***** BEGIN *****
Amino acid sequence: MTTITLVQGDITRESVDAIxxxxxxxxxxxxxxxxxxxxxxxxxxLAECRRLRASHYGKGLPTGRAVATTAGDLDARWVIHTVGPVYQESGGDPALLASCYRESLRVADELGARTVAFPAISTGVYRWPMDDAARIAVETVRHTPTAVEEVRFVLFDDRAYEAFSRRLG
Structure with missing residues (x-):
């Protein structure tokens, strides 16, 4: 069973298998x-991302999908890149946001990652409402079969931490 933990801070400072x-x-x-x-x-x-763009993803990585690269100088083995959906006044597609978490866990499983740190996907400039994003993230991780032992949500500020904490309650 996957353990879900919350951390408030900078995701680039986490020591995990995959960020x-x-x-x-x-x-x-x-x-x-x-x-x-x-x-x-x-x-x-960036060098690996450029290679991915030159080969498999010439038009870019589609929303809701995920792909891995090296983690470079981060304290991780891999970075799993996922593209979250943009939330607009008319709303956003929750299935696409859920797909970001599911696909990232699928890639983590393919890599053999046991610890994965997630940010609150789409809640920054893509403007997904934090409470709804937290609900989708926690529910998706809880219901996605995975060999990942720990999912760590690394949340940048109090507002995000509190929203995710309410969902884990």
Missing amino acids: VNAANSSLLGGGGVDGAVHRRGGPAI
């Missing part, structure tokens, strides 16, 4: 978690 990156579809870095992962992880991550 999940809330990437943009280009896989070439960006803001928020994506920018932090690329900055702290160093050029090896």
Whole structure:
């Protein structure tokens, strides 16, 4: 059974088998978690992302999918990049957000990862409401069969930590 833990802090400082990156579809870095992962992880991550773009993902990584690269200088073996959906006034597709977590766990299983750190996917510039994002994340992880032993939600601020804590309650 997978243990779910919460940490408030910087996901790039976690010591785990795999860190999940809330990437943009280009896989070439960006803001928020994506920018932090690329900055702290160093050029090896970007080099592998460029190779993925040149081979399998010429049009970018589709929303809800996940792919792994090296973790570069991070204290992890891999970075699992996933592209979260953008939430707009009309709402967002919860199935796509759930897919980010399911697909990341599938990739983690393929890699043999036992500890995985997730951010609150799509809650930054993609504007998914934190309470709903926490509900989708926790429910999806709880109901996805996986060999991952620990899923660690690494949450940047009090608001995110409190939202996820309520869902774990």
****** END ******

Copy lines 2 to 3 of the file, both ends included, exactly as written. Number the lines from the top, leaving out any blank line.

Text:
Structure with missing residues (x-):
């Protein structure tokens, strides 16, 4: 069973298998x-991302999908890149946001990652409402079969931490 933990801070400072x-x-x-x-x-x-763009993803990585690269100088083995959906006044597609978490866990499983740190996907400039994003993230991780032992949500500020904490309650 996957353990879900919350951390408030900078995701680039986490020591995990995959960020x-x-x-x-x-x-x-x-x-x-x-x-x-x-x-x-x-x-x-960036060098690996450029290679991915030159080969498999010439038009870019589609929303809701995920792909891995090296983690470079981060304290991780891999970075799993996922593209979250943009939330607009008319709303956003929750299935696409859920797909970001599911696909990232699928890639983590393919890599053999046991610890994965997630940010609150789409809640920054893509403007997904934090409470709804937290609900989708926690529910998706809880219901996605995975060999990942720990999912760590690394949340940048109090507002995000509190929203995710309410969902884990």